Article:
Shelters waive adoption fees during special promotion
A few rabbits Saturday were running and hopping down the rows between hutches in this covered, outdoor shelter in Goleta. They seemed to jump magically from nowhere, then disappear just as quickly elsewhere in the shelter.
All that jumping around could mean just one thing.
“They jump up and do that twist (in the air). That’s the ultimate happy bunny,” volunteer Lori Crestfield told the News-Press inside the Bunnies Urgently Needing Shelter, which is home to nearly 80 rabbits.
Oh, and don’t forget the 16 guinea pigs. One of them, Popcorn, gave little kisses to the hands of Sam Payne-Elliott, who sat at a table outside Santa Barbara County Animal Services during a free adoption day.
“He’s really a good boy,” Mrs. Payne-Elliott said, looking down at him as pet lovers walked up.
Animal Services’ Overpass Road facility is home to a dog shelter, BUNS’ rabbit shelter and Animal Shelter Assistance Program, the cat shelter. It was a busy day for all three.
In the day’s first two hours, two pit bulls, a shepherd and a Lab mix were adopted at the Goleta campus, Animal Services outreach coordinator Michelle Maltun told the News-Press.
And a cat was getting adopted every 15 minutes Saturday morning, Becky Morrill, ASAP’s shelter operations supervisor, said. “We’ve had five cats adopted so far, and we’ve only been open 75 minutes.”
Animal Services also operates a shelter in Santa Maria, which was busy as well with its free adoptions.
“We had a line going down the parking lot in Santa Maria of people wanting to meet our dogs, cats and rabbits there,” Ms. Maltun said.
The free adoption day was part of the Clear the Shelters campaign, organized nationally by NBC/Universal-owned television stations. Besides Animal Services, neighboring Santa Barbara Humane on Overpass Road and Santa Barbara Humane’s Santa Maria campus participated in waiving all fees for a day for adoptions.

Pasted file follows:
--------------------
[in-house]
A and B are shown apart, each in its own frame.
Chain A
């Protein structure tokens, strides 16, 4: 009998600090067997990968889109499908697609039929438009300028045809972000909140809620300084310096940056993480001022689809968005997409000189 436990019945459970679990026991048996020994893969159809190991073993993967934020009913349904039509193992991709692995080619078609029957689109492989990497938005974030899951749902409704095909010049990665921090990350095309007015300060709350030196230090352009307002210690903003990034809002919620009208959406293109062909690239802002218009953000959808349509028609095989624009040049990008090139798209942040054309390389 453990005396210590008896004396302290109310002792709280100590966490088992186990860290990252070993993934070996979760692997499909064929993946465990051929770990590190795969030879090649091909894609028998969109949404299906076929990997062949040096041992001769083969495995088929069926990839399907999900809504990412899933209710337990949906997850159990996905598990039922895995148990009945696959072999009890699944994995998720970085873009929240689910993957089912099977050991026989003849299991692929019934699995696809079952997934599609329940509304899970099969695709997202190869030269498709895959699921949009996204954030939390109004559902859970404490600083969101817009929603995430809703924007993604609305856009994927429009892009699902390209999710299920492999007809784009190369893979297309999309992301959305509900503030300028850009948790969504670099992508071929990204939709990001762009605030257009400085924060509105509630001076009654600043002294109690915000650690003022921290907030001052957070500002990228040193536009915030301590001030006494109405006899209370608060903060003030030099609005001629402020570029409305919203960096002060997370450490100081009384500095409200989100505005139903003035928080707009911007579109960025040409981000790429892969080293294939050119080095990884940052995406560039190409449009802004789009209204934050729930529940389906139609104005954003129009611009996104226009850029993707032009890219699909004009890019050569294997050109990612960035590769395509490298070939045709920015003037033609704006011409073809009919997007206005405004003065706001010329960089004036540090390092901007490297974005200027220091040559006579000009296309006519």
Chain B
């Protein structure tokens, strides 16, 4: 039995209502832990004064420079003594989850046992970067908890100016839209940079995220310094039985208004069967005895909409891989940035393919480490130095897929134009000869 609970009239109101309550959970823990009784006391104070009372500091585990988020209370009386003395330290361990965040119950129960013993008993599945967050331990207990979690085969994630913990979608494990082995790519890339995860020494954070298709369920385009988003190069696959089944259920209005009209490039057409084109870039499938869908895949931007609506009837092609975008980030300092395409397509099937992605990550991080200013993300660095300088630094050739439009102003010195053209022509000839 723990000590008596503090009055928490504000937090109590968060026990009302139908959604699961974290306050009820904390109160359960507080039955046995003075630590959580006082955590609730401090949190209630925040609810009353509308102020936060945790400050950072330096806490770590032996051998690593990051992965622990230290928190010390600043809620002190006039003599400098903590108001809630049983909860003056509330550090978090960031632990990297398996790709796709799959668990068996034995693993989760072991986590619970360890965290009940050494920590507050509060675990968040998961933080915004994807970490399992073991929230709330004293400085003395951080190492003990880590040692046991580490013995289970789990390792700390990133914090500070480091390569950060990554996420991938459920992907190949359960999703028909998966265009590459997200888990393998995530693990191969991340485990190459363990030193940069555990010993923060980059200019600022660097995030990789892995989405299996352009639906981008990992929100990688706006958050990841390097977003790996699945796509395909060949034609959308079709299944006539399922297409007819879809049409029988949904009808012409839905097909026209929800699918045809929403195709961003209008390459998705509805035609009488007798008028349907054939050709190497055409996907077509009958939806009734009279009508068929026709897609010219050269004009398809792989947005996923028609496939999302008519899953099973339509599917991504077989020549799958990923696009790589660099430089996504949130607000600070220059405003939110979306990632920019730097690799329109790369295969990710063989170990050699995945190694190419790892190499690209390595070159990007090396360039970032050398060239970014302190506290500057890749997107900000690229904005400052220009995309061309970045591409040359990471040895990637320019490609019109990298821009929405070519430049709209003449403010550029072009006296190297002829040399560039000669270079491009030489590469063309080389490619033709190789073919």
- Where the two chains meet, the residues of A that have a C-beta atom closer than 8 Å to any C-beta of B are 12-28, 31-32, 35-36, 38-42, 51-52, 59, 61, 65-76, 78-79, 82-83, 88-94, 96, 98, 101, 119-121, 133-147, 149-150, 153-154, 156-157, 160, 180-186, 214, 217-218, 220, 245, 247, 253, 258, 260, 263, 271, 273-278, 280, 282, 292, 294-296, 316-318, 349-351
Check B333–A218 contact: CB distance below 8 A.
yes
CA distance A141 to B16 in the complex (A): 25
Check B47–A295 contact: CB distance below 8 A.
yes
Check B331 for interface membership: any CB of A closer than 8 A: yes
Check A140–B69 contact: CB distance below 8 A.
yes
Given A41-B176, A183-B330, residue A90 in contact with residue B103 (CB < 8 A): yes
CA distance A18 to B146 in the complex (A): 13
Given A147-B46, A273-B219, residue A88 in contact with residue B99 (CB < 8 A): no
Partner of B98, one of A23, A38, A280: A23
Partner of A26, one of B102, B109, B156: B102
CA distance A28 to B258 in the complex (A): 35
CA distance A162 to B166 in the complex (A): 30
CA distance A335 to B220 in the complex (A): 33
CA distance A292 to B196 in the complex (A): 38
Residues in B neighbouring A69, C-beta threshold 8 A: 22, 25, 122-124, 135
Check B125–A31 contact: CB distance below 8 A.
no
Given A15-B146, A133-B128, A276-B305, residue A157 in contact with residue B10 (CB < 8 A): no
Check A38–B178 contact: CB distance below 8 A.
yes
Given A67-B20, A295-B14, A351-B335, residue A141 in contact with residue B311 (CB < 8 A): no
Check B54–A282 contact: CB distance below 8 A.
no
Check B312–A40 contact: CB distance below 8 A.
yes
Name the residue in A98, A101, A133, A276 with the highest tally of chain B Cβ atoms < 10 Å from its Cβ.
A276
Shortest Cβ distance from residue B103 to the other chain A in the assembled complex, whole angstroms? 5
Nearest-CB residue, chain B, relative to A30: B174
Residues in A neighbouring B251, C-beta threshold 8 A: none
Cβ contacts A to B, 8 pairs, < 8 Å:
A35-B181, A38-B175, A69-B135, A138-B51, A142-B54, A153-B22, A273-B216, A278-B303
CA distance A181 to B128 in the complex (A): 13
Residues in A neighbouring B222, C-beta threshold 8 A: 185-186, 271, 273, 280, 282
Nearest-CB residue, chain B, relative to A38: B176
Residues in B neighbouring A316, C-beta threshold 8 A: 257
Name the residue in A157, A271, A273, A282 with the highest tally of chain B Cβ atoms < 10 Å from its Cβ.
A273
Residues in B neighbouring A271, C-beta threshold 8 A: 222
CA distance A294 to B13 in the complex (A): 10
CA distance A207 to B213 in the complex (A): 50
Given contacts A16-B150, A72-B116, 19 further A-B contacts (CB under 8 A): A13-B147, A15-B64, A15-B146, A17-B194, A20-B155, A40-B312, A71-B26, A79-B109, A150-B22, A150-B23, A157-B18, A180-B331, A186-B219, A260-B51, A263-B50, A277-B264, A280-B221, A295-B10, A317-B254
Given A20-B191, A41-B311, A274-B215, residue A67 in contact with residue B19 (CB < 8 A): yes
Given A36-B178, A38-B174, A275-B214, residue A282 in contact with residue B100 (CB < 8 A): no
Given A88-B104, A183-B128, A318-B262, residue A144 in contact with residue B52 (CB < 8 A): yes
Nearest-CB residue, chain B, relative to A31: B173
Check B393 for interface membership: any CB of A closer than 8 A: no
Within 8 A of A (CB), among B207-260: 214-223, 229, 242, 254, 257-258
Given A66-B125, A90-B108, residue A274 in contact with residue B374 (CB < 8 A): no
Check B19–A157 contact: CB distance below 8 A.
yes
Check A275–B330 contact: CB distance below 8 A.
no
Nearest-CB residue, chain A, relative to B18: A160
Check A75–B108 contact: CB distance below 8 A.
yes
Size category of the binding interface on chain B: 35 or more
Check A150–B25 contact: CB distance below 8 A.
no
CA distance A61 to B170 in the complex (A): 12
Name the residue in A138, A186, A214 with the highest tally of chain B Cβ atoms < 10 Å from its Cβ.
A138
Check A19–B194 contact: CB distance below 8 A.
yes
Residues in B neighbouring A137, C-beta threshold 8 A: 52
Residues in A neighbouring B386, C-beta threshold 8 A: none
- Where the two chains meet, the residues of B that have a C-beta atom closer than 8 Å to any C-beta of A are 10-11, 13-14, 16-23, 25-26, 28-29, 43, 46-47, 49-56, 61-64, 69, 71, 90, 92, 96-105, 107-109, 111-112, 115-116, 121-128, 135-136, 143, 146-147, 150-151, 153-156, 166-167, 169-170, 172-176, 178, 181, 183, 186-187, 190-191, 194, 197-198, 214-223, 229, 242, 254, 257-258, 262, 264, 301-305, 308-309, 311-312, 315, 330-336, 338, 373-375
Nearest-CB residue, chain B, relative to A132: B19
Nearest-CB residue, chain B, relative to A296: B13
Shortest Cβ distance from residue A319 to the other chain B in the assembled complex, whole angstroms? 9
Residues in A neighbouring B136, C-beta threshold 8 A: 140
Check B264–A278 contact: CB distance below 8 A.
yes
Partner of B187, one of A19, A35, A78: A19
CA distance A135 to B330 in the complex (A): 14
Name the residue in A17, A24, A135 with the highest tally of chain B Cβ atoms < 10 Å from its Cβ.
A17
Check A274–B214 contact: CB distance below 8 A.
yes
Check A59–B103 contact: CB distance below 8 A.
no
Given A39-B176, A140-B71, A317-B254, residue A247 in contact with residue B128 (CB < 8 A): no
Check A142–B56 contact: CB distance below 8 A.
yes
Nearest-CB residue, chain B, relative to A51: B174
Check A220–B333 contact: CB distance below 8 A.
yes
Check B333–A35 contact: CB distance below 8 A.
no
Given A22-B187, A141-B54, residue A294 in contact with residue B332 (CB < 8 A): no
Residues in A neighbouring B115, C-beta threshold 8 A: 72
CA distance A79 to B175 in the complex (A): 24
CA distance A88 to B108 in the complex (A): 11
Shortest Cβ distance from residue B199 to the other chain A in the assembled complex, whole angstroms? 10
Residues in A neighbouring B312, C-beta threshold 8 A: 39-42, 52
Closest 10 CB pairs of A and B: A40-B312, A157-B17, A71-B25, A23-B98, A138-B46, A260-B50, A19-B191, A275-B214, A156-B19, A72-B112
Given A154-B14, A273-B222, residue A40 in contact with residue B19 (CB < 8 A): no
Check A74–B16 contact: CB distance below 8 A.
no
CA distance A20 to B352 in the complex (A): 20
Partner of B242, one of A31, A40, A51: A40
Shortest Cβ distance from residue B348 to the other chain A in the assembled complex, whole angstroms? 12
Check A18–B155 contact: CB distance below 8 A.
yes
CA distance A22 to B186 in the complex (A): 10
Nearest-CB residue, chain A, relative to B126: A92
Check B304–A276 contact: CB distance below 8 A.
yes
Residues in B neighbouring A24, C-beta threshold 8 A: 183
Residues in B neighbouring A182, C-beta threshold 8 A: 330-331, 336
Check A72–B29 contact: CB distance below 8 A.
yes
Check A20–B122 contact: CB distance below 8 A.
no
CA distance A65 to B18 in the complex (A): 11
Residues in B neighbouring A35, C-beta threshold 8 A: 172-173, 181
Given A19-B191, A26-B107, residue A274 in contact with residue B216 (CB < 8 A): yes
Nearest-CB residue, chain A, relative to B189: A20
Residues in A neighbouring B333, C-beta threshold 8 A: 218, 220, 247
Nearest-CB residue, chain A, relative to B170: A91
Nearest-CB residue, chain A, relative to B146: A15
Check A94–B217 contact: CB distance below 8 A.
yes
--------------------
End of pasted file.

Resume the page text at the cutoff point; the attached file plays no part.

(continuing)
In Buellton, Santa Ynez Valley Humane Society/DAWG also participated in the promotion but with regular fees.
The need to find homes has grown more critical with a recent increase in animals coming to the shelters, Ms. Maltun explained.
“Our shelters have been filling up during the last six months,” she said.
Last year, it was a different story. With people stuck at home during the pandemic, they were eager to foster or adopt pets, and Ms. Maltun said during that time, animals were getting adopted as soon as they became available.
But this year, people are going back to work and are traveling again, and Ms. Maltun said that has made finding homes more difficult.
She found it encouraging that people were coming to the Goleta facility Saturday and providing homes for the animals. The dogs, cats and guinea pigs could go with their new families immediately.
People could reserve the bunnies of their choice and be guaranteed a free adoption, but Ms. Crestfield said they don’t take them home immediately. People need time to get the supplies they need to care for rabbits.
One Santa Barbara resident walked to her car from the ASAP shelter with her new domestic shorthair cats, sisters Bella and Mittens, and she was thrilled.
“I’ve always had cats,” Diane Hemmer told the News-Press. “I love cats. I always feel cats need a home. Every shelter is full of these poor animals who need a home. And they’re easy to take care of.”
She said she would have adopted Bella and Mittens even if she had to pay fees for them. “I do contribute every year to ASAP because I’m so glad they exist.”
Nearby was a cat with a special need.
He’s a diabetic cat.
But two people who fostered him, Suzanne and David Martin-Reay of Santa Barbara, said caring for a diabetic cat isn’t difficult.
For one thing, you can buy diabetic cat food. “It just means less carbohydrates,” Mr. Martin-Reay, an ASAP volunteer, said.
And the insulin shots? “It’s quite easy,” he explained. “He just loves food. I just feed him in the morning, and he puts his head down, chomping. I just give him the insulin injections (in the scruff of his neck). He doesn’t notice it.
“Suzanne and I have found a generic insulin that’s pretty reasonably priced. He takes three units, and 300 units is less than $50,” Mr. Martin-Reay said. “It’s only 50 cents a day to take care of his diabetes. We get syringes from Amazon.”
Mrs. Martin-Reay, by the way, is on the ASAP animal behavior team. And while the couple has two foster cats, they also have four of their own.
For the last word on adoptions, let’s turn to Malcolm. He’s a friendly malamute with one blue eye and one brown eye.
“He was found as a stray. He just became available this week,” Ms. Maltun said as Malcolm walked up to the visitor from the News-Press to get petted.
“We have not seen anyone fluffier.”
For more about shelters and the latest animals available for adoptions, see the Life section every Wednesday in the News-Press.